Midwest Coatings Inc v. Sherwin-Williams Company The et al
ORDER denying 36 Motion to Dismiss Plaintiff's Second Amended Complaint. Signed by Honorable Timothy D. DeGiusti on 10/20/2017. (mb)
IN THE UNITED STATES DISTRICT COURT
FOR THE WESTERN DISTRICT OF OKLAHOMA
MIDWEST COATINGS, INC., an
THE SHERWIN-WILLIAMS COMPANY,
a foreign corporation, and
CAROLLO ENGINEERS, INC., a foreign
Case No. CIV-15-1363-D
Before the Court is Defendant Sherwin-Williams’ Motion to Dismiss Plaintiff’s
Second Amended Complaint [Doc. No. 36]. Plaintiff has responded in opposition [Doc.
No. 39], and Defendant Sherwin-Williams has replied [Doc. No. 41]. The matter is fully
briefed and at issue.
Plaintiff filed an Amended Complaint [Doc. No. 21] on May 25, 2016, alleging
causes of action for products liability, negligence and breach of warranty. Defendant
Sherwin-Williams moved to dismiss [Doc. No. 23], asserting that the economic loss
doctrine barred tort recovery. The Court granted in part and denied in part SherwinWilliams’ motion [Doc. No. 34]. The Court dismissed without prejudice Plaintiff’s
products liability and negligence claims against Sherwin-Williams, but left intact
Plaintiff’s breach of warranty claim. 1 The Court, however, granted Plaintiff leave to amend
its Amended Complaint.
Within the time set by the Court, Plaintiff filed a Second Amended Complaint [Doc.
No. 35]. Defendant Sherwin-Williams moves to dismiss Plaintiff’s Second Amended
Complaint, alleging that Plaintiff’s additional factual allegations indicate only de minimis
damage to property other than the coating, which is insufficient to overcome the economic
loss doctrine [Doc. No. 36].
STANDARD OF DECISION
“To survive a motion to dismiss [under Rule 12(b)(6)], a complaint must contain
sufficient factual matter, accepted as true, to ‘state a claim to relief that is plausible on its
face.’” Ashcroft v. Iqbal, 556 U.S. 662, 678 (2009) (quoting Bell Atlantic Corp. v.
Twombly, 550 U.S. 544, 570 (2007)). “A claim has facial plausibility when the plaintiff
pleads factual content that allows the court to draw the reasonable inference that the
defendant is liable for the misconduct alleged.” Iqbal, 556 U.S. at 678. The “plausibility
standard” announced in Twombly and Iqbal is not a “heightened standard” of pleading, but
rather a “refined standard.” Khalik v. United Air Lines, 671 F.3d 1188, 1191 (10th Cir.
2012) (citing Kansas Penn Gaming, LLC v. Collins, 656 F.3d 1210, 1214 (10th Cir. 2011).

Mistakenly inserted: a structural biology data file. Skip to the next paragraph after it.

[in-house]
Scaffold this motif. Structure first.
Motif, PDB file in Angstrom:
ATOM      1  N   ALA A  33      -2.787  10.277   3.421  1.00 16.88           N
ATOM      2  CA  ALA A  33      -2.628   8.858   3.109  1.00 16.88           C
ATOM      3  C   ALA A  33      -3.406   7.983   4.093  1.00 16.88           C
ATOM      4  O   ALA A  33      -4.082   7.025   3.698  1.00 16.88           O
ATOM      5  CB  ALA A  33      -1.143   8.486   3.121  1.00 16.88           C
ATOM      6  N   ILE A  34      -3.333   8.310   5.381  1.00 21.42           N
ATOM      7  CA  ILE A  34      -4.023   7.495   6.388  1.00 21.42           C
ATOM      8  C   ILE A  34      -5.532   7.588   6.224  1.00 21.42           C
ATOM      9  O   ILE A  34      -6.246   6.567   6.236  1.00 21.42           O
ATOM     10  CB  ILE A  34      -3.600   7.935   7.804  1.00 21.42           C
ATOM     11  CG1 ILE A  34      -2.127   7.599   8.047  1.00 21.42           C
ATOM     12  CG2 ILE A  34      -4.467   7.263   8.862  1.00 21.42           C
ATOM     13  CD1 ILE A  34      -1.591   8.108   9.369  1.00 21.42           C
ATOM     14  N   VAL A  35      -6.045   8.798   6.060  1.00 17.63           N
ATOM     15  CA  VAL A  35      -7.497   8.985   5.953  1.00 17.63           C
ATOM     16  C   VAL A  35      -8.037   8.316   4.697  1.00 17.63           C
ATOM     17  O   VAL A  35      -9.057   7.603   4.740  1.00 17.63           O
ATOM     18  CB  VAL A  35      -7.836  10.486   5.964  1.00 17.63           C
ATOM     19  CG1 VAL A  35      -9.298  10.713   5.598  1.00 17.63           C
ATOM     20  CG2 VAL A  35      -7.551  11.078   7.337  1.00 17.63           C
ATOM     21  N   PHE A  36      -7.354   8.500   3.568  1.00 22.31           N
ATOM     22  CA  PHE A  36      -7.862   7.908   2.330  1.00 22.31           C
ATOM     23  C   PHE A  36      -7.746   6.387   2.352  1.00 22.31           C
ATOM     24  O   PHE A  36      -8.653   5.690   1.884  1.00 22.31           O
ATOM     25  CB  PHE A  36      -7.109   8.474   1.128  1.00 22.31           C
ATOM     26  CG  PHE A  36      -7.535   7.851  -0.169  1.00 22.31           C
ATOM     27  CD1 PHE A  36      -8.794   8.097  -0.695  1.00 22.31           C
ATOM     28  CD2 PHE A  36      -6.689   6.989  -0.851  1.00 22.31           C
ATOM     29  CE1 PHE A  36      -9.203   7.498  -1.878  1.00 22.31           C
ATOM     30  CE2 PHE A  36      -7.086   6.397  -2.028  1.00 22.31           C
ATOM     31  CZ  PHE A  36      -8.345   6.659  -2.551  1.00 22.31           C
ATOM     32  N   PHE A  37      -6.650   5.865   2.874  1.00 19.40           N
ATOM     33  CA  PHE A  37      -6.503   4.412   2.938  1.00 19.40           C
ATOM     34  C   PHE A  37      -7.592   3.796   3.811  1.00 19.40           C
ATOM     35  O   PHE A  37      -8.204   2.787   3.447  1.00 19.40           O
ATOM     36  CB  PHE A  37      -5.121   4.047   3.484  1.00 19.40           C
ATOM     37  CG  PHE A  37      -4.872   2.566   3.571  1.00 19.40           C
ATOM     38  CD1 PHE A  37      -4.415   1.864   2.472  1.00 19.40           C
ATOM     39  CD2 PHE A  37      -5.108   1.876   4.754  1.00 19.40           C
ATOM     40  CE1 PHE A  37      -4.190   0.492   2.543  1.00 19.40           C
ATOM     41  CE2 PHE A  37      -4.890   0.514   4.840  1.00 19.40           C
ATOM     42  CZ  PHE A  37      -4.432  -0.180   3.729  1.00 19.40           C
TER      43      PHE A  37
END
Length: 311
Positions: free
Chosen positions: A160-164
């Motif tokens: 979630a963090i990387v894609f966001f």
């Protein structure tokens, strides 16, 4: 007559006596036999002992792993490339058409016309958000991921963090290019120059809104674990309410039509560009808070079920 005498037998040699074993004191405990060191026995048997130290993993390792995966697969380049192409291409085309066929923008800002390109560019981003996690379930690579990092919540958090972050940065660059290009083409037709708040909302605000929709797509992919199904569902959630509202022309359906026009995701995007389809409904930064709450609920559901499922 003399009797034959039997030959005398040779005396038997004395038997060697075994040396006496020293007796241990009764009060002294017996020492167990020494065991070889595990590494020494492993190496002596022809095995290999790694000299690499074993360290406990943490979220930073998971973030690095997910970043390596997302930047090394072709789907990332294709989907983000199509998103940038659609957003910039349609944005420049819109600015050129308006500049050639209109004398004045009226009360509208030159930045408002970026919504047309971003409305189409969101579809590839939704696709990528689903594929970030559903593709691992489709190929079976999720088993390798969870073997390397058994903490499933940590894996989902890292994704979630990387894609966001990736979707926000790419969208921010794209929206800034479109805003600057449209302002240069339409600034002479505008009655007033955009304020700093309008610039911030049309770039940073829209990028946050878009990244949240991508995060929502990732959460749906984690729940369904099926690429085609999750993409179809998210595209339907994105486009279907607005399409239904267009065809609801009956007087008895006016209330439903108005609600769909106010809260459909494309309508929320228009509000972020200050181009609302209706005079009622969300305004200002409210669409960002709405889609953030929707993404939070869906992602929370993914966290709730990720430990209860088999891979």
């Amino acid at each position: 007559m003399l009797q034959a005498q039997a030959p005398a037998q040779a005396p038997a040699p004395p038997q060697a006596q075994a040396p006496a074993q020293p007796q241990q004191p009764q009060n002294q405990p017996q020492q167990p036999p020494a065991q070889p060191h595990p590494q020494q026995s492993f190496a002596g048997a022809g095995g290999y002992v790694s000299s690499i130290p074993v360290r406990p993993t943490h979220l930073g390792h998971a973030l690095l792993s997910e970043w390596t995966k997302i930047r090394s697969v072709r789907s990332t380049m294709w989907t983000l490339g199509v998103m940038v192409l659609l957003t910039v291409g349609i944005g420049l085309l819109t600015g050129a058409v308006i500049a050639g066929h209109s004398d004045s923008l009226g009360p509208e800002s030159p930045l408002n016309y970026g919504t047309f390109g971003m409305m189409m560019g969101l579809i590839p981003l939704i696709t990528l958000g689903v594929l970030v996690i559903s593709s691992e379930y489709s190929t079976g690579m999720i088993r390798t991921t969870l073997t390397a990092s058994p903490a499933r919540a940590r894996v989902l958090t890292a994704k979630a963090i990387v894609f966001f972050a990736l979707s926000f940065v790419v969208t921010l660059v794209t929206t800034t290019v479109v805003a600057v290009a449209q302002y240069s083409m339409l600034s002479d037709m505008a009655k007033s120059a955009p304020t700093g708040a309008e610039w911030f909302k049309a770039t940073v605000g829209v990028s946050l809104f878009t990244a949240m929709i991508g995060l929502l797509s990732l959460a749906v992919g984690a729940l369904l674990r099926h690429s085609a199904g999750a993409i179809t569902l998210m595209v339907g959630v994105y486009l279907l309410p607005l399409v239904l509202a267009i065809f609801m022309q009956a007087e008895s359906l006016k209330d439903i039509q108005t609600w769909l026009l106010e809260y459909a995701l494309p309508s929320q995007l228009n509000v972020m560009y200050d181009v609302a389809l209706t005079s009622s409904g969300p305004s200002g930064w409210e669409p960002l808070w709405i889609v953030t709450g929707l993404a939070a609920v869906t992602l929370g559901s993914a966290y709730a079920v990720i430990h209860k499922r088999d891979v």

Under the “refined standard,” plausibility refers “to the scope of the allegations in the
complaint: if they are so general that they encompass a wide swath of conduct, much of it
Although Plaintiff maintained in its Response [Doc. No. 26] that the facts alleged in its Amended
Complaint supported several viable theories of recovery, including breach of contract, the Court
found that a breach of contract claim was not evident within the Amended Complaint. [Doc.
innocent, then the plaintiffs ‘have not nudged their claims across the line from conceivable
to plausible.’” Khalik, 671 F.3d at 1191; see also Robbins v. Oklahoma, 519 F.3d 1242,
1247 (10th Cir. 2008) (quoting Twombly, 550 U.S. at 570).
Further, the Tenth Circuit has noted that “[t]he nature and specificity of the
allegations required to state a plausible claim will vary based on context.” Khalik, 671
F.3d at 1191 (quoting Kansas Penn Gaming, 656 F.3d at 1215). “Thus, [it has] concluded
the Twombly/Iqbal standard is ‘a middle ground between heightened fact pleading, which
is expressly rejected, and allowing complaints that are no more than labels and conclusions
or a formulaic recitation of the elements of a cause of action, which the Court stated will
not do.’” Id. (quoting Robbins, 519 F.3d at 1247).
“In other words, Rule 8(a)(2) still lives. There is no indication the Supreme Court
intended a return to the more stringent pre-Rule 8 pleading requirements.” Id. It remains
true that “[s]pecific facts are not necessary; the statement need only ‘give the defendant
fair notice of what the … claim is and the grounds upon which it rests.’” Erickson v.